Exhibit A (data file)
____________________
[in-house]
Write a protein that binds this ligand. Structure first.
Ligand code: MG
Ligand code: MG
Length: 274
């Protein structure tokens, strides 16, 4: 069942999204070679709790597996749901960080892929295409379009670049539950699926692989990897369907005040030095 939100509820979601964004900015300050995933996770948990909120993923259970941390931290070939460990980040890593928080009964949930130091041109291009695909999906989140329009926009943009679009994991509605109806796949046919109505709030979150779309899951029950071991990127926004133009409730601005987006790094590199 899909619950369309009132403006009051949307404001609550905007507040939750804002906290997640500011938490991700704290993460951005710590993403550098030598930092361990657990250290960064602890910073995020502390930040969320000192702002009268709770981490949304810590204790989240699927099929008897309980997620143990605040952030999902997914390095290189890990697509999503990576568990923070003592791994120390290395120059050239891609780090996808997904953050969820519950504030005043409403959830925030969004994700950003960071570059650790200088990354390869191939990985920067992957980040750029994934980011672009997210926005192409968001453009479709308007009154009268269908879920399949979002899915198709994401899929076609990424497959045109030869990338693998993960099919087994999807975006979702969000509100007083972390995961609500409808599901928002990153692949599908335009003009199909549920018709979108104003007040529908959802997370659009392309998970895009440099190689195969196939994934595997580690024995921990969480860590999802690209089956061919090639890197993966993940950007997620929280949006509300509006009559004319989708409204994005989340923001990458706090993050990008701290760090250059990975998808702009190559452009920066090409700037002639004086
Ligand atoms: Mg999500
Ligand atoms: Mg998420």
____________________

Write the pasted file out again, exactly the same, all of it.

[in-house]
Write a protein that binds this ligand. Structure first.
Ligand code: MG
Ligand code: MG
Length: 274
């Protein structure tokens, strides 16, 4: 069942999204070679709790597996749901960080892929295409379009670049539950699926692989990897369907005040030095 939100509820979601964004900015300050995933996770948990909120993923259970941390931290070939460990980040890593928080009964949930130091041109291009695909999906989140329009926009943009679009994991509605109806796949046919109505709030979150779309899951029950071991990127926004133009409730601005987006790094590199 899909619950369309009132403006009051949307404001609550905007507040939750804002906290997640500011938490991700704290993460951005710590993403550098030598930092361990657990250290960064602890910073995020502390930040969320000192702002009268709770981490949304810590204790989240699927099929008897309980997620143990605040952030999902997914390095290189890990697509999503990576568990923070003592791994120390290395120059050239891609780090996808997904953050969820519950504030005043409403959830925030969004994700950003960071570059650790200088990354390869191939990985920067992957980040750029994934980011672009997210926005192409968001453009479709308007009154009268269908879920399949979002899915198709994401899929076609990424497959045109030869990338693998993960099919087994999807975006979702969000509100007083972390995961609500409808599901928002990153692949599908335009003009199909549920018709979108104003007040529908959802997370659009392309998970895009440099190689195969196939994934595997580690024995921990969480860590999802690209089956061919090639890197993966993940950007997620929280949006509300509006009559004319989708409204994005989340923001990458706090993050990008701290760090250059990975998808702009190559452009920066090409700037002639004086
Ligand atoms: Mg999500
Ligand atoms: Mg998420």